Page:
Neely was on the Department of Homeless Services’ “Top 50” list of people who most urgently need care and services.

Above all, this requires beds — in general hospitals and standalone psychiatric hospitals, as well as residential beds.

For those like Neely who can’t stay stable nor avoid violence without intensive care and oversight, longer-term inpatient care is likely the most appropriate and humane setting.

Without it, Neely was institutionalized in a punitive, cross-system setting of jails and streets.

City and county mental-health authorities should operate programs and services, including a spectrum of beds, in this continuum-of-care system in partnership with the state providing funding and oversight.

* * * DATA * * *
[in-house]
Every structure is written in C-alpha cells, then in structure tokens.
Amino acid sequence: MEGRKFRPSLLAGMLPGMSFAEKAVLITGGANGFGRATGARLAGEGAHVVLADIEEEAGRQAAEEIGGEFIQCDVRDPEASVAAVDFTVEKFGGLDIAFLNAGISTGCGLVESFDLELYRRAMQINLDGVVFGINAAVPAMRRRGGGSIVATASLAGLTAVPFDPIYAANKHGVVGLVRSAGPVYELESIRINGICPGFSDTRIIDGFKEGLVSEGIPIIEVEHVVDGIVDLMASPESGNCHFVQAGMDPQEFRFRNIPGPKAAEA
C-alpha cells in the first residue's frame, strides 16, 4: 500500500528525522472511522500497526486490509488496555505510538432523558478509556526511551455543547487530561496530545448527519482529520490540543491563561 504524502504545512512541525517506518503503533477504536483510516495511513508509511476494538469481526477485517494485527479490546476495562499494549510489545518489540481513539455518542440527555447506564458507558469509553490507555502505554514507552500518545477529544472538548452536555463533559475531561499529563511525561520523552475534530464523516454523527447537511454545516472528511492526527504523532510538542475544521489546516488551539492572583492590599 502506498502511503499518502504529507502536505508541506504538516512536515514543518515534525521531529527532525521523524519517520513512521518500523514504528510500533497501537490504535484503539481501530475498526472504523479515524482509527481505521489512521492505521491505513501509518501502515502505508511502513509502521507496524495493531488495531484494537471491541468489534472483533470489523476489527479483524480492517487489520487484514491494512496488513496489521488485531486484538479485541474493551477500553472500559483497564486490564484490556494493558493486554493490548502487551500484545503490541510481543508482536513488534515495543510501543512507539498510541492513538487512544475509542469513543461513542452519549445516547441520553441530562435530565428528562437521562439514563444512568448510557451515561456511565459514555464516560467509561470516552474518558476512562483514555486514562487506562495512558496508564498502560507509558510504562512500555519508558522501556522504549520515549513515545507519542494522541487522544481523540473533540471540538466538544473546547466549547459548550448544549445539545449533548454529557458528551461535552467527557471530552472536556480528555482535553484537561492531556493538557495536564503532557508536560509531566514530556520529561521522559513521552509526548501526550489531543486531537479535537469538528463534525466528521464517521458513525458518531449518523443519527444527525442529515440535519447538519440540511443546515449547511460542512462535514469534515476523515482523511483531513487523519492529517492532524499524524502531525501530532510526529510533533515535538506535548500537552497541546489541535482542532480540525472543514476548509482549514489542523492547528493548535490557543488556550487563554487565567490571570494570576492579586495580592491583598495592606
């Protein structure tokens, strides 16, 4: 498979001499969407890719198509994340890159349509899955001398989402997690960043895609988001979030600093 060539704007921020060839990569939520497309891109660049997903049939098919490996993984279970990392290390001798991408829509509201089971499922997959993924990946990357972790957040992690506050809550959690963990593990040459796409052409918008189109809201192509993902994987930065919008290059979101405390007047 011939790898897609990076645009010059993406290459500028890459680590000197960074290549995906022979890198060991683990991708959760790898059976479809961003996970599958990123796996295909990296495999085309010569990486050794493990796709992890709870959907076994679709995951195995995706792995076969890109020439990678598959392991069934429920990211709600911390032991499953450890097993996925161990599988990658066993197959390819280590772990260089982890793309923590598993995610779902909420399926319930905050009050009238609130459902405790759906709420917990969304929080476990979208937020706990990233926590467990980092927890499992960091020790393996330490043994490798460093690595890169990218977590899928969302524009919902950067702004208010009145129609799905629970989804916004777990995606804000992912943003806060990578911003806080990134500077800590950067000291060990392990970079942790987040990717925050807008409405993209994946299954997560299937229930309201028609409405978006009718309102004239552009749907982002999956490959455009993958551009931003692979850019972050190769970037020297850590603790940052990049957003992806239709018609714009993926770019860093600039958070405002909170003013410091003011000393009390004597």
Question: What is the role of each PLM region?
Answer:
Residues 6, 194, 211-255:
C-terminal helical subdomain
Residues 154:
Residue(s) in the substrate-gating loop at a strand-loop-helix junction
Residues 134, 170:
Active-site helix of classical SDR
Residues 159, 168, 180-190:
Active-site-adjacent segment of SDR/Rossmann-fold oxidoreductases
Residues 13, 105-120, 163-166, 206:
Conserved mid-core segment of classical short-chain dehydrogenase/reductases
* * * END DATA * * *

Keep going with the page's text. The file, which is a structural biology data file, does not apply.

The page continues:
New York must also maintain appropriate bed capacity in state-run psychiatric hospitals.

First responders attempting to revive Neely on the F train at the Broadway-Lafayette station in Manhattan.
First responders attempting to revive Neely on the F train at the Broadway-Lafayette station in Manhattan.

The federal government should support efforts through repeal of the Institutions for Mental Diseases (IMD) Exclusion, which disincentivizes states from investing in beds dedicated to psychiatric care.

A real, effective system has yet to emerge because the movement to deinstitutionalize psychiatric patients from hospitals to the community occurred alongside a shift in mental-health funding that deprioritized treatment for the mentally ill in favor of preventing mental illness among the masses.